Independent Clauses

Independent clauses can stay alone and they are used as a whole meaningful sentence. In this lesson, we will learn about them.

Independent Clauses in English Grammar

What Are Independent Clauses?

Independent clauses consist of a subject and a verbs. They can be considered as stand-alone sentences. Independent clauses are phrases that are used beside each other and imply a meaningful concept.

Types of Independent Clauses

Independent clauses can form different types of sentences. Check them on the list:

Simple Sentences

Simple sentences are made up of only one independent clause. Here is an example:

I am a doctor.

Compound Sentences

Compound sentences are made up of two independent clauses joined together with a coordinating conjunction. Here is an example:

I am a doctor, but I am not happy about it.

Complex Sentences

Complex sentences are made up of an independent clause followed by at least one dependent clause. They are joined together with a subordinating conjunction. Here is an example:

I will call you when I get home.

Compound-Complex Sentences

Complex-compound sentences are made up of at least two independent clauses and one dependent clause. Here is an example:

Hanna cried when her friend got sick, but he got better soon.

What Is the Difference between Sentences and Independent Clauses?

Each independent clause is considered a sentence, but all sentences are not independent clauses. An independent clause is made of a subject and verb but a sentence can be made up of more than one clause. Consider the examples:

This _is__ not the problem. → an independent clause which is considered a sentence

Those animals were safe when they were put in the zoo. → a sentence with a dependent and independent clause

Independent Clauses Formation

Independent clauses start with a subject followed by a predicate. The subject can be a noun, noun phrase, or pronoun. A predicate consists of a verb and it states something about the subject. Check out the examples:

She made a cup of coffee.

In this example, 'she' is the subject and 'made a cup of coffee' is the predicate.

Sam stayed at home yesterday.

How to Connect Two Independent Clauses?

There are different ways to connect two independent clauses. Here are the methods on the list:

  • using coordinating conjunctions
  • using semicolon
  • using a comma and a semicolon with conjunctive adverbs

Using Coordinating Conjunctions

There are seven coordinating conjunctions that are used to connect two independent clauses. check them out on the list:

  1. and
  2. but
  3. for
  4. or
  5. nor
  6. yet
  7. so

When we are using coordinating conjunctions to connect two independent clauses, we have to use a comma before them. Consider the examples:

I was waiting for her, but she never showed up.

You have made up your mind, so I guess, we are done.

Warning

Remember, coordinating conjunctions can be subordinating conjunctions at the same time. Among these seven coordinating conjunctions 'so' is used as both coordinating and subordinating conjunctions. For example:

She was angry, so I gave her a present. → coordinating conjunction

I am studying really hard so I can enter university. → subordinating conjunction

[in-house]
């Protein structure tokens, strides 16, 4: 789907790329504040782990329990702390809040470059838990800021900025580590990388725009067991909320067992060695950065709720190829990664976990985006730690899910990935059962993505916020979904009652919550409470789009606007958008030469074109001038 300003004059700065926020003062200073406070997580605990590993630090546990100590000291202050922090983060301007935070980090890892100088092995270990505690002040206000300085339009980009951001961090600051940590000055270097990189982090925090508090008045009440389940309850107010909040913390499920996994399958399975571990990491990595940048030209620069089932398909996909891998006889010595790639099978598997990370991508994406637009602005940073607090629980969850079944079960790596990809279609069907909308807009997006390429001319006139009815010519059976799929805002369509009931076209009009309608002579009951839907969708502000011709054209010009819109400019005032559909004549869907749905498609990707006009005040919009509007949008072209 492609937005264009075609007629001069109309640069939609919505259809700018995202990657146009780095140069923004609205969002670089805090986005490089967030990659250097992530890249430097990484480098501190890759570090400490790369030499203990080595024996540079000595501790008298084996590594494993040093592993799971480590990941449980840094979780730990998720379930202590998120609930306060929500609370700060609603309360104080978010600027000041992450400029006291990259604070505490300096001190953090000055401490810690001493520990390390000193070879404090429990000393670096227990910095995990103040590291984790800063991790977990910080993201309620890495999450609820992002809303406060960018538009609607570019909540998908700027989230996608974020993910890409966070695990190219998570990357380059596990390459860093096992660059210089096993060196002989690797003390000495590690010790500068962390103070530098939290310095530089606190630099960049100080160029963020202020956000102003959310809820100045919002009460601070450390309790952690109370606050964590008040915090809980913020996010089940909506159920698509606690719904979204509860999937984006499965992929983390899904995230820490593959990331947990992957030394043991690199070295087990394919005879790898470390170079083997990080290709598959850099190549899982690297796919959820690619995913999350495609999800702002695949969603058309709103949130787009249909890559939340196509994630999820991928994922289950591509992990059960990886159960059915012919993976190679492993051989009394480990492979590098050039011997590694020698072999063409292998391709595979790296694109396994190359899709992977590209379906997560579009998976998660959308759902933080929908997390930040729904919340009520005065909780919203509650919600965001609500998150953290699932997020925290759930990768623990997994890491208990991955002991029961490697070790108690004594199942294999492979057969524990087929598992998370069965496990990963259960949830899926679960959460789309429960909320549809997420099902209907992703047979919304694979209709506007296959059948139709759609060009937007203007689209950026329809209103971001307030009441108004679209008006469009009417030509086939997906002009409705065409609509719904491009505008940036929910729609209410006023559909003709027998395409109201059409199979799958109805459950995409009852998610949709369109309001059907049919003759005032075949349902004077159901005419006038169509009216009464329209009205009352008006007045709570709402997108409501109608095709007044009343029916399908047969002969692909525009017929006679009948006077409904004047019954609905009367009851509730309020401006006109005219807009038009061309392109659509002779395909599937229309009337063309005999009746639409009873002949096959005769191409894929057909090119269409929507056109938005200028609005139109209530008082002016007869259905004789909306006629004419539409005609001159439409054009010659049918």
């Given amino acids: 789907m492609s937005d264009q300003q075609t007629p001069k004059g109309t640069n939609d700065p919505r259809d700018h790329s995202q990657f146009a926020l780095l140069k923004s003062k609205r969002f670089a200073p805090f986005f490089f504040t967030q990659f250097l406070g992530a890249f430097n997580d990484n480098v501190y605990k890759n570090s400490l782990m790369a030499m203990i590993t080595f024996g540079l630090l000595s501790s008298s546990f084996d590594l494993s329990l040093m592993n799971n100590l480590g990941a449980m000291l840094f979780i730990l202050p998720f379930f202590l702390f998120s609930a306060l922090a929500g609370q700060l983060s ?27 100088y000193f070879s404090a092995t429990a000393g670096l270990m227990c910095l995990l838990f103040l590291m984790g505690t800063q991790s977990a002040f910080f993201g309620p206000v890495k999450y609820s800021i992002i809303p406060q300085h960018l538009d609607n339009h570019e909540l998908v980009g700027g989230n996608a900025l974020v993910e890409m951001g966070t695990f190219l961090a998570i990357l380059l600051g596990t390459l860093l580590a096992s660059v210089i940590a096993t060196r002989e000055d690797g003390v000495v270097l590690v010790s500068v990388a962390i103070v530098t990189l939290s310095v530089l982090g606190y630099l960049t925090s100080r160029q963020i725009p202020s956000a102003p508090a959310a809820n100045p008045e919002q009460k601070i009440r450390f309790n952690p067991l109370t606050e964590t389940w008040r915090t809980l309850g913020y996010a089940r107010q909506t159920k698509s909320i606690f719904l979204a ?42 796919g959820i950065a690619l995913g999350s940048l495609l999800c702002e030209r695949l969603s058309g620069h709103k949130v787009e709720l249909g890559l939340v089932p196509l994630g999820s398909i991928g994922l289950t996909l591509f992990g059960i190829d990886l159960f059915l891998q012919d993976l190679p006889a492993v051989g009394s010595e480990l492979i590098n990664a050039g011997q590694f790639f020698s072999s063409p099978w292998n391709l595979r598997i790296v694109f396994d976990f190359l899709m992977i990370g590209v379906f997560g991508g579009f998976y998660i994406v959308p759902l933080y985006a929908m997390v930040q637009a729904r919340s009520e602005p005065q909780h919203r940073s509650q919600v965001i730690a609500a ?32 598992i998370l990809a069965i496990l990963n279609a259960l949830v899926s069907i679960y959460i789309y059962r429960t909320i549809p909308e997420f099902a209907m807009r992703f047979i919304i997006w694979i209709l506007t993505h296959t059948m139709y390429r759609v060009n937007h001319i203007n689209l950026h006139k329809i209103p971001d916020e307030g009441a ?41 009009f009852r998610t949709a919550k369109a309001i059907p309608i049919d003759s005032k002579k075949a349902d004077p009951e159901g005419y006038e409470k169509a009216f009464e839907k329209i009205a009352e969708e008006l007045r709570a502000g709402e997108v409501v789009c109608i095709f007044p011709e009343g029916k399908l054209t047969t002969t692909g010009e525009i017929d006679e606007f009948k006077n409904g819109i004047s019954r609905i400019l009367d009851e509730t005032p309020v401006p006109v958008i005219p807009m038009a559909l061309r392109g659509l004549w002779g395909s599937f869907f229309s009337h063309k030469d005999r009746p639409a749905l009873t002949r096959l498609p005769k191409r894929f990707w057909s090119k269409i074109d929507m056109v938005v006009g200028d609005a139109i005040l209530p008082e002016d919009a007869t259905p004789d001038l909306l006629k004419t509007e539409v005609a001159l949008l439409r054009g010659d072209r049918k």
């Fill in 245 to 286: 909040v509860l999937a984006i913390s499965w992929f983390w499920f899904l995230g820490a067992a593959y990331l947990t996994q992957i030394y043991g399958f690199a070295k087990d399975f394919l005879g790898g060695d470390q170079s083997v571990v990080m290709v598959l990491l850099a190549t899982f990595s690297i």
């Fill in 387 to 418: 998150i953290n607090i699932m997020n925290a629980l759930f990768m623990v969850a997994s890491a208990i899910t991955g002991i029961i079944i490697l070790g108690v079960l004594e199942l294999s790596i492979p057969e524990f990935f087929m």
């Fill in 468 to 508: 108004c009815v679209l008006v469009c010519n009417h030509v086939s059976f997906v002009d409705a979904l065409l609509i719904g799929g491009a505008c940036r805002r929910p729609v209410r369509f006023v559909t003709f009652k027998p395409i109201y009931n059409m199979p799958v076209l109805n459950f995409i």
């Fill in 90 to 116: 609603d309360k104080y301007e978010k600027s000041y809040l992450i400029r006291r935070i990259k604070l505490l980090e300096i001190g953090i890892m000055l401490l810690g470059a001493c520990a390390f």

Using Semicolons

Semicolons (;) are used to separate two independent clauses. By using semicolons, there is no need to use a coordinating conjunction. Here are the examples:

I was not ready to go abroad; I decided to go anyway.

I found her; she was playing with the kids in the garden.

Using a Comma and a Semicolon with Conjunctive Adverbs

You can use a semicolon before a conjunctive adverb followed by a comma to link two independent clauses to each other. Here are the most common conjunctive adverbs:

  • accordingly, also, besides, consequently
  • furthermore, however, moreover, nevertheless
  • otherwise, then, therefore, thus, still

Check out the examples for more clarification:

I was tired; therefore, I decided to go home early.

I called John; however, he seems to be really angry with me.

What Is a Comma Splice?

A comma splice is when you link two independent clauses with each other using only one comma which is grammatically wrong. To avoid this problem add coordinating conjunction after the comma. Check out the examples:

✗She was cute, she behaved nicely as well.

✓She was cute, and she behaved nicely as well.

Review

Independent clauses can stand alone as a meaningful sentence. Here are the parts of an independent clause:

  1. subject
  2. predicate

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Nominal relative clauses are used as different parts of speeches and act as a noun or a noun phrase. Click here to learn more!

Dependent Clauses

Dependent clauses are clauses that cannot form sentences on their own. In this lesson, we will learn all about dependent clauses.

Restrictive and Non-restrictive Clauses

Restrictive clauses and phrases are necessary while non-restrictive clauses are not necessary for the sentence to have a meaningful thought.

Participle Clauses

To get to know participle clauses, first of all, you have to be familiar with the concept of participles and clauses separately.

If-clauses

If-clauses are used to express that the action of the main clause. There are three types of if-clauses. In this lesson, we will discuss them.

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